Written by Justine Larbalestier
Paranormal, Historical Fiction
Published June 25th 2014
Thanks to Allen and Unwin
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The setting: Razorhurst, 1932. The fragile peace between two competing mob bosses, Gloriana Nelson and Mr Davidson, is crumbling. Loyalties are shifting. Betrayals threaten.Kelpie lives on the mean streets of Surry Hills in Sydney, where the seedy underworld struggle to maintain a truce, where men slash each other with razors instead of guns, and how a young girl on the streets leaves her fate in the hands of the ghosts who guide her. She's hungry and can't remember the last time she ate, now that Snowie is in prison, the man she grew up with before her guardian died and her main source of finding her next meal. On the advice of a spirit, Kelpie finds an derelict house which promises apples in abundance. But what Kelpie finds is Dymphna, dressed immaculately and standing over a dead body.
Kelpie knows the dangers of the Sydney streets. Ghosts have kept her alive, steering her to food and safety, but they are also her torment. Dymphna is Gloriana Nelson’s 'best girl', experienced in surviving the criminal world, but she doesn’t know what this day has in store for her.
When Dymphna meets Kelpie over the corpse of Jimmy Palmer, Dymphna’s latest boyfriend, she pronounces herself Kelpie’s new protector. But Dymphna’s life is in danger too, and she needs an ally. And while Jimmy’s ghost wants to help, the dead cannot protect the living...
Dymphna is Glory's best girl, with only the toughest Razormen spending an evening in her company. Known on the streets as the Angel of Death, Dymphna is never long without a man for protection, until her latest boyfriend and conspirator Jimmy is killed violently, with only a note from Mr. Davidson as a warning. Glory and Mr. Davidson run Razorhurst, a truce called after the brutal killings a few years prior, but Davidson wants Dymphna and seems will stop at nothing to make her his. Both girls are in a panic as they sirens near, and both girls decide to run. Kelpie can see and hear Jimmy's spirit, pining away for Dymphna even in death. She knows her time may be coming to an end, as she's fears her plans with Jimmy to take over Razorhurst may have been what lead to his demise. But Dymphna holds a secret, not only can she see ghosts, but can hear Jimmy's warnings.
When the girls hide in the home of aspiring writer Neal Darcy, much to the annoyance of Jimmy's ghost. If Dymphna tries to flee, Glory's men will find her, her only option is to confront her before Davidson finds her first. Both their lives are about to become a dangerous game of cat and mouse through the streets of what is now known as Sorrow Hills. Will either make it out alive?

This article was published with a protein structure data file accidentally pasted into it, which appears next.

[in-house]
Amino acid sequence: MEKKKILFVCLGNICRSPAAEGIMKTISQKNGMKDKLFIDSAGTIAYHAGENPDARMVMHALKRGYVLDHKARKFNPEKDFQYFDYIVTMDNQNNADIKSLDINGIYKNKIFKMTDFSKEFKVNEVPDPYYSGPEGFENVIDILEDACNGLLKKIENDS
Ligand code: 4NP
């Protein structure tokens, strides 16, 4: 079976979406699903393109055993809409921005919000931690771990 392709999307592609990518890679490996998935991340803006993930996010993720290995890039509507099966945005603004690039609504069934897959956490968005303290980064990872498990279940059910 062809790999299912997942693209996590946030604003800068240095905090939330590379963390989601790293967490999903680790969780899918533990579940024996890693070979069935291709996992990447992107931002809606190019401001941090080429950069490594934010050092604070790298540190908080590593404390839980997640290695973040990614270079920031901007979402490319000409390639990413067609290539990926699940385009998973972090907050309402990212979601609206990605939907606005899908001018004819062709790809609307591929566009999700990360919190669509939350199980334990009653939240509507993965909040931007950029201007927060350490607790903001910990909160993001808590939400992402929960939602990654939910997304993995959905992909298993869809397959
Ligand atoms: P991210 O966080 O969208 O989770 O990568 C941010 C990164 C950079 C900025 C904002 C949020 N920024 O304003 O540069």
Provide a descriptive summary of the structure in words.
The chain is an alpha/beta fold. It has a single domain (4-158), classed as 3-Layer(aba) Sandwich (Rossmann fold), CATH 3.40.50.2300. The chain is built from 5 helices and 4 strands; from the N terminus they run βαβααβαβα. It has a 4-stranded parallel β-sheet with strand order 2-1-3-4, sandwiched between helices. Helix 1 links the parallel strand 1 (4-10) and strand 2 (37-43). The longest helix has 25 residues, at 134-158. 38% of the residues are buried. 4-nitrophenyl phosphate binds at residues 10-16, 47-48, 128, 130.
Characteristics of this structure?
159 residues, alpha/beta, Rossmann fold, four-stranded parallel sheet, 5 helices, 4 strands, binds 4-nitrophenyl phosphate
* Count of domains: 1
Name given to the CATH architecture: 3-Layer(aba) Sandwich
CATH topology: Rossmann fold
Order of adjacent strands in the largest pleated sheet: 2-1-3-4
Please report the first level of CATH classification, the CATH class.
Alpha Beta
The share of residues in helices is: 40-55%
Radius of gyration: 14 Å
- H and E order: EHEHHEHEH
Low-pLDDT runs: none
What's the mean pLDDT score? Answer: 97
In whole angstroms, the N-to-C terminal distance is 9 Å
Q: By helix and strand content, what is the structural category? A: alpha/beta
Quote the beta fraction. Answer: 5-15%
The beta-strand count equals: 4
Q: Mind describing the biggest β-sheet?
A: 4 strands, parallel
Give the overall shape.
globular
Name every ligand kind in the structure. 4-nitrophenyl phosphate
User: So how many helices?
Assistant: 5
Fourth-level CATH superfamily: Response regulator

Razorhurst was sassy, sultry and a brilliant take on gangland warfare with a paranormal twist. Keplie, named after the likeness to being a wild pup, is a phenomenal young lady, her life has been little more than tragedy and destitution but yet she's tough, feisty and isn't afraid to go down swinging. She and Snowie were raised by a woman known as Old Ma, who would tell Kelpie the story of how her parents died before being able to name her. It wasn't long before Old Ma had passed as well, and Kelpie relied on her ghosts to keep her safe, leading her to food and away from trouble. But for the past few years Kelpie has been on her own. Her clothing is threadbare and disintegrating, her hair wild and knotted and not only can't she remember the last time she ate, she has no idea how old she is. Kelpie broke my heart, her short life thus far was incredibly sad and finding Jimmy's dead body only added to more trouble the young girl doesn't need.
Dymphna is a prostitute. Not only does she know that Kelpie can see and speak to the dead, but she holds the same gift. She knows to survive the streets of Surry Hills, she needs the protection of her man, but a succession of murdered boyfriends has now left Glory's 'best girl' alone and vulnerable. The two girls were essentially from two very different worlds, but brought together through circumstance and now share a bond.
I loved the glimpse of Sydney during the Razor Gangs era, where it's said that the surge in organised crime was caused by the prohibition of sale of cocaine by chemists, street prostitution and the local watering holes closing at 6:00pm each night. It paved the way for the Davidson and Glory's of the era to run racketeering and underground crime syndicates. The paranormal aspects of Razorhurst only seemed to serve the purpose of Dymphna and Kelpie meeting, and sharing Kelpie's memories of how she survived the streets. I would have enjoyed it more so without it, it took what could have been a very realistic scenario of that era and added a element that felt incredibly out of place.
Regardless of the gift both girls shared that let the storyline down, I really enjoyed it. It was slow to start, but the sorrowful story of Kelpie drew me in, and the seedy underworld of the Razor Gangs kept me enthralled. If you're a fan of mobsters, hired goons or the tough street life and hard living of the twenties and thirties, you'll love this one.